Tongue weight or hitch weight - Fiberglass RV


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Old 04-15-2012, 04:49 PM   #1
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Tongue weight or hitch weight

I have always made the assumption that the weight of the trailer and cargo plus the tongue weight are added to get the total weight under the trailer weight rating. The 2510 lbs. Given by Escape for the 19' dry weight has those added. Of course, the 2510 is not in the real world. The dry weight would be close to 3000 lbs. after adding AC, insulation, front box, TV, microwave, etc.

So what I thought was that if the trailer is loaded to 3400 lbs,, then we add 400 for the tongue weight, we would have a total of 3800.

I was reading, however, and have a seen it before, that the tongue weight actually belongs with the tow vehicle. I have seen it set out very plainly that the gross vehicle weight includes people, fluids, cargo and the tongue weight. This makes sense since the tongue weight is right there by the tow vehicle. They made it clear that the trailer weight did not include tongue weight but only the trailer and its cargo.

I have always expected to add that 400 to the 3400, for instance. The 19' has a gross weight rating of 4000 lbs. When people weigh their trailers (I know the weight master will check in on this) they are indeed adding the two together. That would mean that if your tongue or hitch weight is 400 lbs., that is 400 lbs. Less you can put in the trailer. (Perhaps tongue weight and hitch weight are not the same? I don't know about that, )
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Old 04-15-2012, 04:56 PM   #2
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Sherline scale tongue weights

The other interesting thing we found was that if our trailer is level, it has a certain tongue weight, say 400. If we lower the tongue an inch and a half or more, the tongue weight decreases. We expected it to increase.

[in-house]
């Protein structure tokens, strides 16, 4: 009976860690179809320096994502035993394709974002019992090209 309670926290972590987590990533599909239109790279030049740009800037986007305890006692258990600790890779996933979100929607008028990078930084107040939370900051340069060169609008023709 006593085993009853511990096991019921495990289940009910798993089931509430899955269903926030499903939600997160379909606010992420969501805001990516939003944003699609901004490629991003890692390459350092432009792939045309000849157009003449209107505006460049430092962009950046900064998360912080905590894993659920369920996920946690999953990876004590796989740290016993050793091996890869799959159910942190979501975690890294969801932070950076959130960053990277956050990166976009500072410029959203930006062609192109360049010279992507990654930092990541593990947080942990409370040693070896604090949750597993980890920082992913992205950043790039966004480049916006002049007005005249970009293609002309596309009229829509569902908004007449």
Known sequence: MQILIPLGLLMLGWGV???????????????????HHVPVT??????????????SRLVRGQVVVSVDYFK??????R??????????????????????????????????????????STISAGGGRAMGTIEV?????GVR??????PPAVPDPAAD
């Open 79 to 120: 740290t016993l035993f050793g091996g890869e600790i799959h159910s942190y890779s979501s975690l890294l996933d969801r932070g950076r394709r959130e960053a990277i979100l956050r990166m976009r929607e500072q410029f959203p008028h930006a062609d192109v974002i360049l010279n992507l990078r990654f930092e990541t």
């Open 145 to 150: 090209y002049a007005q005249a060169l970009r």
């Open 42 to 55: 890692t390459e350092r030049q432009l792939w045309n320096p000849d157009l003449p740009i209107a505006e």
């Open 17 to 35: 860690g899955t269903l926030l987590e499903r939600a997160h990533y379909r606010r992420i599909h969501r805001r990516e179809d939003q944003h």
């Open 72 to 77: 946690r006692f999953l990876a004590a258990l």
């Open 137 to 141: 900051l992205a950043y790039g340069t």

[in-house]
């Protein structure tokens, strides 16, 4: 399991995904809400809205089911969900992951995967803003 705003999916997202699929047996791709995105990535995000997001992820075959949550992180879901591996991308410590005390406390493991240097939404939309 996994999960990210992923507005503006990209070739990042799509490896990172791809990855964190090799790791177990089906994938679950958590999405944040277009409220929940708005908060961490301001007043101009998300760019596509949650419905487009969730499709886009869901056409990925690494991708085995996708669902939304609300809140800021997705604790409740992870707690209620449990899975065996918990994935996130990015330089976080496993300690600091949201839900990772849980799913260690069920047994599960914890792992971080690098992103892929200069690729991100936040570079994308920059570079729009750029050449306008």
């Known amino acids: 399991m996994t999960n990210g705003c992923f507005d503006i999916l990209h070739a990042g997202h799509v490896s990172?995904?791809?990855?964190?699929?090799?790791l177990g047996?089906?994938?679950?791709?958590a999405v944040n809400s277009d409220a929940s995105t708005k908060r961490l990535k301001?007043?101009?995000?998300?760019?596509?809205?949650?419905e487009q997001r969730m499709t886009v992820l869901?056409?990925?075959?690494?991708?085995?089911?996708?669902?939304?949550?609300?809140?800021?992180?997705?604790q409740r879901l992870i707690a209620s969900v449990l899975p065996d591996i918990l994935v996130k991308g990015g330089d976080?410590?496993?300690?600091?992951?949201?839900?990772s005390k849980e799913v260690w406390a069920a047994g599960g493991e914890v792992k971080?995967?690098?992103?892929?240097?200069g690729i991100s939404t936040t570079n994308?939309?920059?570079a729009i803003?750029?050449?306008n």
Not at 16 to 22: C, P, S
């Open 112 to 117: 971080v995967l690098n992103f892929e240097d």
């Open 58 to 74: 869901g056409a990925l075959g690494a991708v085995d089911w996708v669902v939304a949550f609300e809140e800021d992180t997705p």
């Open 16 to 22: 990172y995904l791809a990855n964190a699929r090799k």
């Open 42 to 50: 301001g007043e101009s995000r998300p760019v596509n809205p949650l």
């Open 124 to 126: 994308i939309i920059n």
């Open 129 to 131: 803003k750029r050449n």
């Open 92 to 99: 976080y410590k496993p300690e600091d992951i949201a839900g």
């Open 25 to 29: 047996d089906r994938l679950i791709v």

An explanation I saw for this is that, if you raise the hitch ball, weight is taken off of the front axle of the trailer and more weight is transferred to the tongue. The tongue weight is then higher when you raise the hitch ball, lower when you lower it.
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Old 04-15-2012, 06:00 PM   #3
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I believe the Escape 19 has two axles. Do you think the counterintuitive fizix is peculiar to trailers with tandem axles? Wondering because I read a post in another forum indicating a smilar surprise on the part of owner of a large utility trailer loaded with a cat and blade. I've also done the "thought problem" in which I thought about changes in the gravitational vector until . . . I got a headache and the assumption that lowering the hitch end would increase tongue wgt. in a simple llinear fashion. If you are correct, it's a bad assumption.

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Old 04-15-2012, 06:05 PM   #4
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In theory the higher the tongue above the axle, the less the tongue presses down on the hitch ball. In actual practice this doesn't matter as the tongue can't get enough higher or lower than the axle to make any difference.

Trailer weight is axle plus tongue weight. This compares to the max trailer weight the vehicle mfr specifies.

The gross weight the vehicle can carry equals you and your stuff and the tongue weight. That is how much weight the vehicles wheels are carrying.

This vehicle will also have a max tongue weight specified. Some will have additional notes about weight distributing hitches, sway control bars and trailer brakes.

All these need to be considered when matching a trailer to a tow vehicle.
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Old 04-15-2012, 08:20 PM   #5
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Cathy,
You are confusing dry weight which is weight of trailer without any options with wet weight which is from factory with options plus liquid like propane. In your case that number is 3400# which you then add your personal items to achieve gross capacity weight of trailer, not to exceed 4000#. The 3400#is comprised of 2 parts, axle weight 3000#and tongue weight, 400#. This is where your axle capacity should not be exceeded. Together they total 3400 #. This number will increase depending on additional items and water in your tanks you may have onboard but should not exceed 4000#.
You are correct in saying the tongue weight is being carried by your tow vehicle and is part of it's gross combined weight capacity with fuel/passengers. Again not to exceed it's capacity.